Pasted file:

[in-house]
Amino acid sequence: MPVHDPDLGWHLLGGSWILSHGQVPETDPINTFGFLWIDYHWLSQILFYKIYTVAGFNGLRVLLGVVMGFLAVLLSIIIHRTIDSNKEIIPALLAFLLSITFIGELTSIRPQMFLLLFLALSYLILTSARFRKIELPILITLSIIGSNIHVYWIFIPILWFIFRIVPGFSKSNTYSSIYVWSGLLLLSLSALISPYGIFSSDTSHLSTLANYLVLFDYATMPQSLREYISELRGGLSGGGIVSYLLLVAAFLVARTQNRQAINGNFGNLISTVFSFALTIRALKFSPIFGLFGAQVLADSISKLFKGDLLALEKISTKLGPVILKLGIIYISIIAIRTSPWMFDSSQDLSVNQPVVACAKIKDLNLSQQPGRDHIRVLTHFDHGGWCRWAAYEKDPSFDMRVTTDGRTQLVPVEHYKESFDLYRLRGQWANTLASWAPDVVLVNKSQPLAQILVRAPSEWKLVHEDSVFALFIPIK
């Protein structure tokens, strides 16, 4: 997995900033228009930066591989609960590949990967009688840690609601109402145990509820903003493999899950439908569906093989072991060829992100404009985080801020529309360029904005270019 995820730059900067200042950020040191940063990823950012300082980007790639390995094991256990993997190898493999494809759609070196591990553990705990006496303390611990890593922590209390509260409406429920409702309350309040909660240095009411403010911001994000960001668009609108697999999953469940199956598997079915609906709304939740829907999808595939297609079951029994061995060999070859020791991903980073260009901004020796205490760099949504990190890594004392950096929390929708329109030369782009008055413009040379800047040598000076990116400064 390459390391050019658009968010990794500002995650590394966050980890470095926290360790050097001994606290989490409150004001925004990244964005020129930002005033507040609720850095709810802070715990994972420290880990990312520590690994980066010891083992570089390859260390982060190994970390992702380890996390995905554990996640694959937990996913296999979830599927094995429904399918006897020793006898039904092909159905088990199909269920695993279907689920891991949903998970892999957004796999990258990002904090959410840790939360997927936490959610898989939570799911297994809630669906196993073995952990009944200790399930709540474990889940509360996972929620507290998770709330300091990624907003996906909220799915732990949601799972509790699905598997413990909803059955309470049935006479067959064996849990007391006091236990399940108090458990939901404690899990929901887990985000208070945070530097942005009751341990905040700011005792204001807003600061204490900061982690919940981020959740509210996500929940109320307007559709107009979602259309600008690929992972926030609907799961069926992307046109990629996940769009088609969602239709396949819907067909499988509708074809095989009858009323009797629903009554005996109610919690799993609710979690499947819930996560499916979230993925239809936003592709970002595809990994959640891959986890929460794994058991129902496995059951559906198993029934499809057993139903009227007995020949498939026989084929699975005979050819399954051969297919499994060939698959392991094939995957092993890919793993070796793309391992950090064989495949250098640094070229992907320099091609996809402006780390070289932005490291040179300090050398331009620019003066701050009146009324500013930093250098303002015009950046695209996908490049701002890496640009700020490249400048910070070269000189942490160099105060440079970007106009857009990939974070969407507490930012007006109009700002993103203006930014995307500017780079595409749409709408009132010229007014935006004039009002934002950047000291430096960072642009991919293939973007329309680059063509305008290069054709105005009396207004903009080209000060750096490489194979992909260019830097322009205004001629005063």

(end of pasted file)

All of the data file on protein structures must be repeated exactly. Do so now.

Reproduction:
[in-house]
Amino acid sequence: MPVHDPDLGWHLLGGSWILSHGQVPETDPINTFGFLWIDYHWLSQILFYKIYTVAGFNGLRVLLGVVMGFLAVLLSIIIHRTIDSNKEIIPALLAFLLSITFIGELTSIRPQMFLLLFLALSYLILTSARFRKIELPILITLSIIGSNIHVYWIFIPILWFIFRIVPGFSKSNTYSSIYVWSGLLLLSLSALISPYGIFSSDTSHLSTLANYLVLFDYATMPQSLREYISELRGGLSGGGIVSYLLLVAAFLVARTQNRQAINGNFGNLISTVFSFALTIRALKFSPIFGLFGAQVLADSISKLFKGDLLALEKISTKLGPVILKLGIIYISIIAIRTSPWMFDSSQDLSVNQPVVACAKIKDLNLSQQPGRDHIRVLTHFDHGGWCRWAAYEKDPSFDMRVTTDGRTQLVPVEHYKESFDLYRLRGQWANTLASWAPDVVLVNKSQPLAQILVRAPSEWKLVHEDSVFALFIPIK
């Protein structure tokens, strides 16, 4: 997995900033228009930066591989609960590949990967009688840690609601109402145990509820903003493999899950439908569906093989072991060829992100404009985080801020529309360029904005270019 995820730059900067200042950020040191940063990823950012300082980007790639390995094991256990993997190898493999494809759609070196591990553990705990006496303390611990890593922590209390509260409406429920409702309350309040909660240095009411403010911001994000960001668009609108697999999953469940199956598997079915609906709304939740829907999808595939297609079951029994061995060999070859020791991903980073260009901004020796205490760099949504990190890594004392950096929390929708329109030369782009008055413009040379800047040598000076990116400064 390459390391050019658009968010990794500002995650590394966050980890470095926290360790050097001994606290989490409150004001925004990244964005020129930002005033507040609720850095709810802070715990994972420290880990990312520590690994980066010891083992570089390859260390982060190994970390992702380890996390995905554990996640694959937990996913296999979830599927094995429904399918006897020793006898039904092909159905088990199909269920695993279907689920891991949903998970892999957004796999990258990002904090959410840790939360997927936490959610898989939570799911297994809630669906196993073995952990009944200790399930709540474990889940509360996972929620507290998770709330300091990624907003996906909220799915732990949601799972509790699905598997413990909803059955309470049935006479067959064996849990007391006091236990399940108090458990939901404690899990929901887990985000208070945070530097942005009751341990905040700011005792204001807003600061204490900061982690919940981020959740509210996500929940109320307007559709107009979602259309600008690929992972926030609907799961069926992307046109990629996940769009088609969602239709396949819907067909499988509708074809095989009858009323009797629903009554005996109610919690799993609710979690499947819930996560499916979230993925239809936003592709970002595809990994959640891959986890929460794994058991129902496995059951559906198993029934499809057993139903009227007995020949498939026989084929699975005979050819399954051969297919499994060939698959392991094939995957092993890919793993070796793309391992950090064989495949250098640094070229992907320099091609996809402006780390070289932005490291040179300090050398331009620019003066701050009146009324500013930093250098303002015009950046695209996908490049701002890496640009700020490249400048910070070269000189942490160099105060440079970007106009857009990939974070969407507490930012007006109009700002993103203006930014995307500017780079595409749409709408009132010229007014935006004039009002934002950047000291430096960072642009991919293939973007329309680059063509305008290069054709105005009396207004903009080209000060750096490489194979992909260019830097322009205004001629005063």